Halifax

Halifax to fix emergency response resilience

On Monday morning, the HRM’s Executive Standing Committee learned that Halifax’s municipal emergency management organizations are at risk of failing.

The city hired KI Emergency Management to compare the HRM’s emergency response documents and plans to the best practices in the world of emergency management. They found that Halifax’s emergency management works well, but it depends on highly knowledgeable and motivated people. But should these people leave the city’s employment, then the city itself doesn’t have the institutional knowledge to ensure robust emergency management with the loss of those key people.

During the debate, the city’s Chief Administrative Officer Cathie O’Toole told council that adding this capability to the city’s bureaucracy has been one of her main priorities and standing up the Department of Community Safety last April was the first step in a multi-year plan to strengthen the HRM’s bureaucracy when it comes to emergency management. There’s not much more to report at this point, but staff have been tasked with rebuilding the city’s emergency management policy framework. The city’s ultimate goal is to get accredited by the Emergency Management Accreditation Program. Councillor Waye Mason got this motion amended, and now staff will update this committee on the accreditation progress every six months.

Also, at this meeting, the committee endorsed a communication plan that the Youth Advisory Committee came up with to let young people know that bylaw M-200 exists. For those who don’t know, the M-200 bylaw is an anti-slumlord bylaw; if tenants live in a unit they believe is substandard, they can report it here. Since a lot of people, especially young people, don’t know that this bylaw exists, the Youth Advisory Committee came up with a solid communications strategy, which is now likely to start rolling out.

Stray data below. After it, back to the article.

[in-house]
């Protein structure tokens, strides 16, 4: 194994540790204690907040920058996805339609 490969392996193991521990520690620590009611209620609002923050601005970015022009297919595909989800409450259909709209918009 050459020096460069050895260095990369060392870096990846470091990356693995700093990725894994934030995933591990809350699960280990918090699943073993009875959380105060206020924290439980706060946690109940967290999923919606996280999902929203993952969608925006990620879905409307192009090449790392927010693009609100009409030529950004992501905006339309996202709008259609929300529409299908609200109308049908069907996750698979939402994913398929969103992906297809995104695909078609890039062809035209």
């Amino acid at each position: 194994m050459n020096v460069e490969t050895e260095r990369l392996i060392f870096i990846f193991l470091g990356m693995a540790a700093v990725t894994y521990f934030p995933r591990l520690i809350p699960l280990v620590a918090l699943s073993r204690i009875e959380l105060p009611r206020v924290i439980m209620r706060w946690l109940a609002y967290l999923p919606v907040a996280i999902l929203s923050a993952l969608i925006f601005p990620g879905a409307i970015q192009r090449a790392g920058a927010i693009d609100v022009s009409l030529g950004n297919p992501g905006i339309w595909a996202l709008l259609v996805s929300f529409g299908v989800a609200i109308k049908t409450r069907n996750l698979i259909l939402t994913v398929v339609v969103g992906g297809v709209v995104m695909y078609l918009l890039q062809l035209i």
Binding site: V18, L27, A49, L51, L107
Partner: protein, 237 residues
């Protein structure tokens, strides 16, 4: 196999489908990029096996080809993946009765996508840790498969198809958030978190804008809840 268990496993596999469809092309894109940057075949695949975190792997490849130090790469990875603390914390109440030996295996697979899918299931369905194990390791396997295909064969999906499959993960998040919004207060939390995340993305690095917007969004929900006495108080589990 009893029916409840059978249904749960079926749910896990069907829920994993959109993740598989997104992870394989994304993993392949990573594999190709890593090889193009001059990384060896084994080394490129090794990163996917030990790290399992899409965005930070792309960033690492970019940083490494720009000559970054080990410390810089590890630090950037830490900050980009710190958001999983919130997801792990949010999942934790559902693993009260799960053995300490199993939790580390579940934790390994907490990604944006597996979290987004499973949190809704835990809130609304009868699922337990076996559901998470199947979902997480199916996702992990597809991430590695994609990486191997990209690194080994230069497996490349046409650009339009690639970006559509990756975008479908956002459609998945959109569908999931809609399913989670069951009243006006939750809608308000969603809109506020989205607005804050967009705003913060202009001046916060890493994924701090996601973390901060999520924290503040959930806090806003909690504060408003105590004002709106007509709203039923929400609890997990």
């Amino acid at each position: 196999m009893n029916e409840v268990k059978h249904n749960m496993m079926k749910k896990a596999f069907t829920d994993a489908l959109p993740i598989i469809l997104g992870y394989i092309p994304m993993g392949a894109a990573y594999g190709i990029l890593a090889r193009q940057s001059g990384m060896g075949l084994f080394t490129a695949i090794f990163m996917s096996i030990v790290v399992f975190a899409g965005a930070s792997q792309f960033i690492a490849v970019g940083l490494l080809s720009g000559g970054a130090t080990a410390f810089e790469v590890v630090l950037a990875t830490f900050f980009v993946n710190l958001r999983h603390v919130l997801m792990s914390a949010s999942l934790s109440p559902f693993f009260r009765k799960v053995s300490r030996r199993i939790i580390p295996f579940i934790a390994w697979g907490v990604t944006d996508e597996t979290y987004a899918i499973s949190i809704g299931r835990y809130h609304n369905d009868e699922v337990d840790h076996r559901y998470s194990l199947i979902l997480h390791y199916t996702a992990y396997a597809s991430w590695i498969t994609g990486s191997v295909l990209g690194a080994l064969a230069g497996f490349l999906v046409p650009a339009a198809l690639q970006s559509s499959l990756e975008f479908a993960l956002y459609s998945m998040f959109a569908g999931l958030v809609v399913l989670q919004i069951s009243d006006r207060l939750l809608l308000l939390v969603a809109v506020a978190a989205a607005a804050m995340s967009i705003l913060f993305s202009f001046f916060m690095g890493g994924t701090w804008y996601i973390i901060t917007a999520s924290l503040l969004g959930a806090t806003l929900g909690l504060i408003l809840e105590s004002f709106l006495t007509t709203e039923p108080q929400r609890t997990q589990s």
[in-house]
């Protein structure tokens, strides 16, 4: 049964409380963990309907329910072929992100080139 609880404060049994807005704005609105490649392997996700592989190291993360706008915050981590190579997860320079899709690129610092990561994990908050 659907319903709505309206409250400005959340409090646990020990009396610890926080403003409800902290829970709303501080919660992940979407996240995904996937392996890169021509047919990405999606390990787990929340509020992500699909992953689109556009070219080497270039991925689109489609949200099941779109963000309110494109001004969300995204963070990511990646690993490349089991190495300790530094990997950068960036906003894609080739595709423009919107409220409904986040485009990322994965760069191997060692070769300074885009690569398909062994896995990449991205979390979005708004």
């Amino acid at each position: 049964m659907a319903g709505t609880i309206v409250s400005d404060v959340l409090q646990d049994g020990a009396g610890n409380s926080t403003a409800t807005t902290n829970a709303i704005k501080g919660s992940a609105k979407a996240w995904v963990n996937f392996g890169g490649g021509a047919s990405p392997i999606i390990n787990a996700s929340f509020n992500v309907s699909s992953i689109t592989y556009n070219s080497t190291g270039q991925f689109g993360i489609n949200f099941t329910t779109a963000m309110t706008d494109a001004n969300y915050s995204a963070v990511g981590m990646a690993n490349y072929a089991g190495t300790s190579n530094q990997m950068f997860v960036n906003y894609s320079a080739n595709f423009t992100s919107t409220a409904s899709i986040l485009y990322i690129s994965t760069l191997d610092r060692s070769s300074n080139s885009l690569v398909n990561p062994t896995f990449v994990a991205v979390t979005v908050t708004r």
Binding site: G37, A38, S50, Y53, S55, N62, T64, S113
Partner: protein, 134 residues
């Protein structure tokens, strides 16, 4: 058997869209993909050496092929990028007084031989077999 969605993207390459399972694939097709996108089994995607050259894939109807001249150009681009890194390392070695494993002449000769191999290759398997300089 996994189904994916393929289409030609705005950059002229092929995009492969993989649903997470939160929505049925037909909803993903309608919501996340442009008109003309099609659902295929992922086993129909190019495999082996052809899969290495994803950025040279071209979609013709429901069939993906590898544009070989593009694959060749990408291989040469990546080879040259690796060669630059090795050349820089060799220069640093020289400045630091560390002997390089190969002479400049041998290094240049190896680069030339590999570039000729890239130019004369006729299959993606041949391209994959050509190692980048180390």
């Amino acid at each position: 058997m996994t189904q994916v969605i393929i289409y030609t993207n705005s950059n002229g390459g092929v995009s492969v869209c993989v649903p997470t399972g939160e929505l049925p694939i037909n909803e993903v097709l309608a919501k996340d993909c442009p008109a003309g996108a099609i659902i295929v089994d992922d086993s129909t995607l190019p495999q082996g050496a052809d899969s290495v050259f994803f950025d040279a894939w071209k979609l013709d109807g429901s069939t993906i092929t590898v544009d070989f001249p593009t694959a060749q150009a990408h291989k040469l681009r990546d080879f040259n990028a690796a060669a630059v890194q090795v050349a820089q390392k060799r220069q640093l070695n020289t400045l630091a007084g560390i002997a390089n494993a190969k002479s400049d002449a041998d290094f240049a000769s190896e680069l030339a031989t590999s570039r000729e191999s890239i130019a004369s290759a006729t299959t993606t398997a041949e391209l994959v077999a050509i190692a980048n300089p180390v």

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Finally, like most meetings, this one included an opportunity for public participation. A member of the public from Fall River told the committee that democracy was dead and it was killed by capitalism all because of this development agreement. The extremely abridged backstory for this contentious local fight is this: The development will add a lot of housing, and as we all know, thanks to the Upper Tantallon wildfires, it’s dangerous only to have one exit. Since the development only had one proposed exit, the public rallied, and the city killed the development in 2022. But in February 2024, the province, specifically housing minister John Lohr, gave the development the okay to move forward with its one-exit-deathtrap plan. This, claimed the speaker, was a provincial government doing some light authoritarianism in the name of profit. He asked the city for some help in trying to stop the development.

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